Diabetic eye screening with variable screening intervals based on individual risk factors is safe and effective in ophthalmic practice.
Cast your vote
You can rate an item by clicking the amount of stars they wish to award to this item.
When enough users have cast their vote on this item, the average rating will also be shown.
Your vote was cast
Thank you for your feedback
Thank you for your feedback
MetadataShow full item record
CitationEstil S, Steinarsson AÞ, Einarsson S, Aspelund T, Stefánsson E. Diabetic eye screening with variable screening intervals based on individual risk factors is safe and effective in ophthalmic practice [published online ahead of print, 2020 Mar 25]. Acta Ophthalmol. 2020;10.1111/aos.14425. doi:10.1111/aos.14425
ÚtdrátturPurpose: To test in a 'real world' diabetic eye-screening programme, a computer-based personal risk evaluation for progression to sight-threatening diabetic retinopathy. Screening intervals were individualized, and clinical outcomes, safety and cost-effectiveness documented. Methods: The RETINARISK algorithm was used in an ophthalmology clinic in Norway. The diabetes cohort was divided on voluntary basis into two groups: one with variable screening intervals based on their personal risk profile and the other group with conventional fixed interval diabetic eye screening. Compliance, clinical outcomes, safety and health economics were evaluated. A total of 843 diabetic patients participated in the program 2014-2019. A total of 63 had type 1 and 780 type 2 diabetes. A total of 671 patients had no diabetic retinopathy at baseline and 171 had retinopathy. Results: A total of 444 (53%) diabetic patients were included in the personal risk profile program and 399 in the fixed interval group. The RETINARISK algorithm calculated 563 screening intervals for the variable interval group, which was 23 ± 16 months (mean ± SD), compared to 14 ± 5 months for the group with fixed screening intervals. Due to selection bias, the two groups could not be directly compared. We did not experience any delay in detecting diabetic retinal changes when using the personal risk profile program. Conclusion: The RETINARISK algorithm was safe and effective in a diabetic screening program in an ophthalmology clinic over 5 years. The use of the program reduces the mean frequency of screening visits and liberates valuable time in ophthalmic practice to be used on high-risk diabetic patients or other patient groups.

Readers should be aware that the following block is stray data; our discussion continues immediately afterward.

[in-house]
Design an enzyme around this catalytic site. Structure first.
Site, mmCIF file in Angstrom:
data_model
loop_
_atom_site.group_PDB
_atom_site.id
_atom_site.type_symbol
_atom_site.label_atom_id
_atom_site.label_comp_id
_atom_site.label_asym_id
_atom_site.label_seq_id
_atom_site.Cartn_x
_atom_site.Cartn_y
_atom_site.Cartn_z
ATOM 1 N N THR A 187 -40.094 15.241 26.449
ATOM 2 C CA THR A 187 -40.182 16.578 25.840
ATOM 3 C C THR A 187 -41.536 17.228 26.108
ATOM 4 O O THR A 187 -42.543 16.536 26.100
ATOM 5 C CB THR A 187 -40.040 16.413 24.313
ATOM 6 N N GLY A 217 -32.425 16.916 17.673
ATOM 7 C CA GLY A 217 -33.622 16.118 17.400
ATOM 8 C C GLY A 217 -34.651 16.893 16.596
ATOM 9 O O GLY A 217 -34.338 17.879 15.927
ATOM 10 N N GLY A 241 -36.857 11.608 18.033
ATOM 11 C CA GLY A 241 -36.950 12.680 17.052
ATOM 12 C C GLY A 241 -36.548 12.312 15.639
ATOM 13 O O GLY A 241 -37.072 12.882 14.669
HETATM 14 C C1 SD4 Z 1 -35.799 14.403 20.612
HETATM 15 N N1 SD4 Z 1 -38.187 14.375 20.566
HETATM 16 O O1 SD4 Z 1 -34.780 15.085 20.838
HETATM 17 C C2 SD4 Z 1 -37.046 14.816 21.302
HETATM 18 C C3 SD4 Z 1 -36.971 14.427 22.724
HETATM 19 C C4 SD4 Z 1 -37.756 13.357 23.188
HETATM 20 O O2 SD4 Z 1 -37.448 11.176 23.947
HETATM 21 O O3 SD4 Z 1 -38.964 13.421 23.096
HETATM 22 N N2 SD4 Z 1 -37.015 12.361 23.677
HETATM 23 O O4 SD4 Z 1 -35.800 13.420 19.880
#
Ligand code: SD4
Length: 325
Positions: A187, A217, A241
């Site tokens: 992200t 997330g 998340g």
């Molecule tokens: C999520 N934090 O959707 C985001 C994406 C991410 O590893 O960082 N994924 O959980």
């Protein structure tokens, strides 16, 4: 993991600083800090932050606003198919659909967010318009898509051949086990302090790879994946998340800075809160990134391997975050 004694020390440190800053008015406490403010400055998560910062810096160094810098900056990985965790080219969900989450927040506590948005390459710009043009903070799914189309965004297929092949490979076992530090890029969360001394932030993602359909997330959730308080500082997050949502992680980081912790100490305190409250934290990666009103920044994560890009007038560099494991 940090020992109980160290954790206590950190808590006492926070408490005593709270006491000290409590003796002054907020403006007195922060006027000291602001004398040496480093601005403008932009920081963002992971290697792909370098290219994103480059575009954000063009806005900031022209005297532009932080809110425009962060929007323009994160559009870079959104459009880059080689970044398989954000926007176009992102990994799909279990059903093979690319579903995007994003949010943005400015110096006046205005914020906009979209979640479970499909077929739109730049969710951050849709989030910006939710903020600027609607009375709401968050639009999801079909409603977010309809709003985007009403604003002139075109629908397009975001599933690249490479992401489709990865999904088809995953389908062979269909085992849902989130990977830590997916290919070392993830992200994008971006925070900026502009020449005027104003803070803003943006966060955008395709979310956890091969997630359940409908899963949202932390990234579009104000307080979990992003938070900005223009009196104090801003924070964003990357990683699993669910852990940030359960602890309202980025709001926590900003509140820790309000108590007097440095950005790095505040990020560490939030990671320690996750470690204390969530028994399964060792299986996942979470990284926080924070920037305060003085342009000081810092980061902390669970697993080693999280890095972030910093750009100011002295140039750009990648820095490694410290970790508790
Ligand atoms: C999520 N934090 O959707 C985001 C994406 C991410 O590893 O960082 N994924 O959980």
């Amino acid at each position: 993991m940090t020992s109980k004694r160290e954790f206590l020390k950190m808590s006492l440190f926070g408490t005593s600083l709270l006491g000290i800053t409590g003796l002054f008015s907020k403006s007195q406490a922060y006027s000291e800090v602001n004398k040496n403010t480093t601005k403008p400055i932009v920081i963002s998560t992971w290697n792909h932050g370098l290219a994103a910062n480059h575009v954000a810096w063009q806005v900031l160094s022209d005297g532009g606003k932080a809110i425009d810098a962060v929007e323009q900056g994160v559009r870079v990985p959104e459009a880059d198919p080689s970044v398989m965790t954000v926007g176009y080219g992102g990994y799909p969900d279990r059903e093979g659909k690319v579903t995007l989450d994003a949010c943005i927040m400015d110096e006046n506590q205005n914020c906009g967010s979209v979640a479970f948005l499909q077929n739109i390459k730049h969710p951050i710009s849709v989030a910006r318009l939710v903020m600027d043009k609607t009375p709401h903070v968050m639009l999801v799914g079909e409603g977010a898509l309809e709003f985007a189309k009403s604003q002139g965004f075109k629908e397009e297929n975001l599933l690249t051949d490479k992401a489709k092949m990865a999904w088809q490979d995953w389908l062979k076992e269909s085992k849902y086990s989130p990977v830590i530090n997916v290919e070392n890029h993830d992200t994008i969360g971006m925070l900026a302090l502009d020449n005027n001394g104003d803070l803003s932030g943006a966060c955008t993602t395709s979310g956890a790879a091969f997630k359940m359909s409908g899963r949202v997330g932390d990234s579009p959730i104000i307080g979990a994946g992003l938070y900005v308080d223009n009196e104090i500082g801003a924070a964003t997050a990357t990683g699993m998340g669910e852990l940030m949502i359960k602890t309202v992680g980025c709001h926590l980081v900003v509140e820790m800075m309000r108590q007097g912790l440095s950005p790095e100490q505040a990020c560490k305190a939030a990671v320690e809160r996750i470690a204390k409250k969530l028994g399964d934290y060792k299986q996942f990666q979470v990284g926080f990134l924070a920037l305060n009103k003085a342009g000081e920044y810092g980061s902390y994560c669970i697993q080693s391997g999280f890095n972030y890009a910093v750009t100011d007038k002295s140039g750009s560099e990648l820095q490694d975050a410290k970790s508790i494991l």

Rights© 2020 Acta Ophthalmologica Scandinavica Foundation. Published by John Wiley & Sons Ltd.
- Individual risk assessment and information technology to optimise screening frequency for diabetic retinopathy.
- Authors: Aspelund T, Thornórisdóttir O, Olafsdottir E, Gudmundsdottir A, Einarsdóttir AB, Mehlsen J, Einarsson S, Pálsson O, Einarsson G, Bek T, Stefánsson E
- Issue date: 2011 Oct
- Evaluation of Automated Teleretinal Screening Program for Diabetic Retinopathy.
- Authors: Walton OB 4th, Garoon RB, Weng CY, Gross J, Young AK, Camero KA, Jin H, Carvounis PE, Coffee RE, Chu YI
- Issue date: 2016 Feb
- Patients' Adherence to Recommended Follow-up Eye Care After Diabetic Retinopathy Screening in a Publicly Funded County Clinic and Factors Associated With Follow-up Eye Care Use.
- Authors: Keenum Z, McGwin G Jr, Witherspoon CD, Haller JA, Clark ME, Owsley C
- Issue date: 2016 Nov 1
- Diabetic retinopathy. Screening and prevention of blindness. A doctoral thesis.
- Authors: Kristinsson JK
- Issue date: 1997
- Screening for Diabetic Retinopathy with Extended Intervals, Safe and Without Compromising Adherence: A Retrospective Cohort Study.
- Authors: Sharif A, Jendle J, Hellgren KJ
- Issue date: 2021 Jan